Book Review: Four Seasons The Story of a Business Philosophy



Isadore Sharp provides a chronological account of his life, taking us from his youth in Toronto to present day.  As expected, the book charts the rise of the Four Seasons hotel company, but much of the most interesting storytelling is in the first seven chapters where Mr. Sharp talks about learning his father’s construction business and developing real estate.  Luck and opportunity drew Isadore Sharp to the hospitality industry which I guess make all of us in this industry like Mr. Sharp. The comparisons probably end there.

The book is a breezy read and does logically chart how Mr. Sharp’s circumstances, vision and determination became one of the world’s most recognized luxury brands.  Take a moment to think on that. The two words ‘Four Seasons’ mean pretty much the same thing to a lot of people.  Mr. Sharp claims that the Golden Rule and a commitment to guest service are like the Gilbert and Sullivan in his theatrical production.

What Is to Be Learned

The book clearly shows that Mr. Sharp’s professional career was built on the corner posts of immigrant family values, work ethic, and unwavering confidence in his own conclusions; his bravado receives generous ink.  The reader, though, will clearly see how Mr. Sharp’s early intuitions about the changing needs of the upscale traveler were indeed confirmed, and how he built on that to create an enterprise that to many people defines the ultimate in hotel guest experience. How did he do it?

The most important lesson (revealed in Chapter 6-London) is how Mr. Sharp very patiently cultivated relationships.  He concentrated on character and continuously sought out like-minded people that would eventually become partners and employees.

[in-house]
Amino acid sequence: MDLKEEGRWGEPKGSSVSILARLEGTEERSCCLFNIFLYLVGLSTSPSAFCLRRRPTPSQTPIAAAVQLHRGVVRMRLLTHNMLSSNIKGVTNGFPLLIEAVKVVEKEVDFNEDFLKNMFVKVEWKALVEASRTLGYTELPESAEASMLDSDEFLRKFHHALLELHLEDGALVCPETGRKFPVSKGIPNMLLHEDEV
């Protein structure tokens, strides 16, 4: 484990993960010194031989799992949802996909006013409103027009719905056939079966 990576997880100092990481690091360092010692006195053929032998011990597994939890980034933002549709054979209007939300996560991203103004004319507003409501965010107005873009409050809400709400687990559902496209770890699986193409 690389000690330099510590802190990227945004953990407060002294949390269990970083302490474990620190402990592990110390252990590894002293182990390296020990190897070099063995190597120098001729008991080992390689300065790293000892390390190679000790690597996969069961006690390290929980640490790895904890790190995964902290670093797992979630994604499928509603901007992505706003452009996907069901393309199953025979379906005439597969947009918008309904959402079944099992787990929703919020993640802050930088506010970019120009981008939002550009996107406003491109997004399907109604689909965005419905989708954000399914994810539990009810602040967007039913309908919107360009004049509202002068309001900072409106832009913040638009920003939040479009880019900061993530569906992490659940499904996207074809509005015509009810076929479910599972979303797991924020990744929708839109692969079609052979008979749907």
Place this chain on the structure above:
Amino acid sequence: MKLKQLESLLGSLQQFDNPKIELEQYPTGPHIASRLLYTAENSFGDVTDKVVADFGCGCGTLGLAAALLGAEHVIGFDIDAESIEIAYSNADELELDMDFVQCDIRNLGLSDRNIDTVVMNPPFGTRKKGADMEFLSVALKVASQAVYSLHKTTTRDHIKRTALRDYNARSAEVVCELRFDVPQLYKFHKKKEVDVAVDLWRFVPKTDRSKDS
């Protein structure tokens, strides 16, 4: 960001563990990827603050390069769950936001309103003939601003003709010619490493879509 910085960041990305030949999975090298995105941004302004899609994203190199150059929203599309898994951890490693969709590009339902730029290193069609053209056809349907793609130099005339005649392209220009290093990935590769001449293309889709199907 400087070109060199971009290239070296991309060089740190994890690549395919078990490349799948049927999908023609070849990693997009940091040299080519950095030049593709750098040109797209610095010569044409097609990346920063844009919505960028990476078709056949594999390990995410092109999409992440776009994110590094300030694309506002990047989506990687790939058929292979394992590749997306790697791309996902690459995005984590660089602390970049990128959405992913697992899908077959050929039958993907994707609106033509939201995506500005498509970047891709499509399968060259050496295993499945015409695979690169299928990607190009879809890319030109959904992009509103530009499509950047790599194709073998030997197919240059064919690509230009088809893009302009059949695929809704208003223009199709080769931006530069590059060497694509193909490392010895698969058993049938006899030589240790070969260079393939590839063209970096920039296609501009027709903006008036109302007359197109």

In the early going he needed to be patient, but as the enterprise grew rapidly Four Seasons needed to add people at exponentially higher rates.  The devotion to the very simple principles of providing superior service and abiding by the Golden Rule allowed Mr. Sharp, and now his subordinates, to immediately spot like-minded people and get them on board.

This of course is called ‘culture’.  The author certainly presents the story in a rose-colored fashion at times.  There are plenty of real-life stories about how Four Seasons first staked out its position, defended it, and eventually coined their way into an immense barrier to entry.  My only regret was that the book is almost entirely devoid of anyone else’s perspective; the reader will have to take the author’s word for it.  Chapters 14, 15, 22-25 provide excellent accounts of how some of the most iconic hotels in our industry became what they are.

Other highlights include the development of the morning meeting and how Four Seasons dealt with 9/11, a period that led many of us to wonder if travel would ever be the same again.

OK, so Four Seasons is an unusual story and I put down the book several times and wondered if the hotel industry would (or could) ever see a story similar to this again.  Probably not, and that alone makes this book worth a read. But when I put the book down for the last time, the takeaway was something everyone in the hotel business should remember: quality guest service comes down to keeping promises and giving guests a great night’s sleep.

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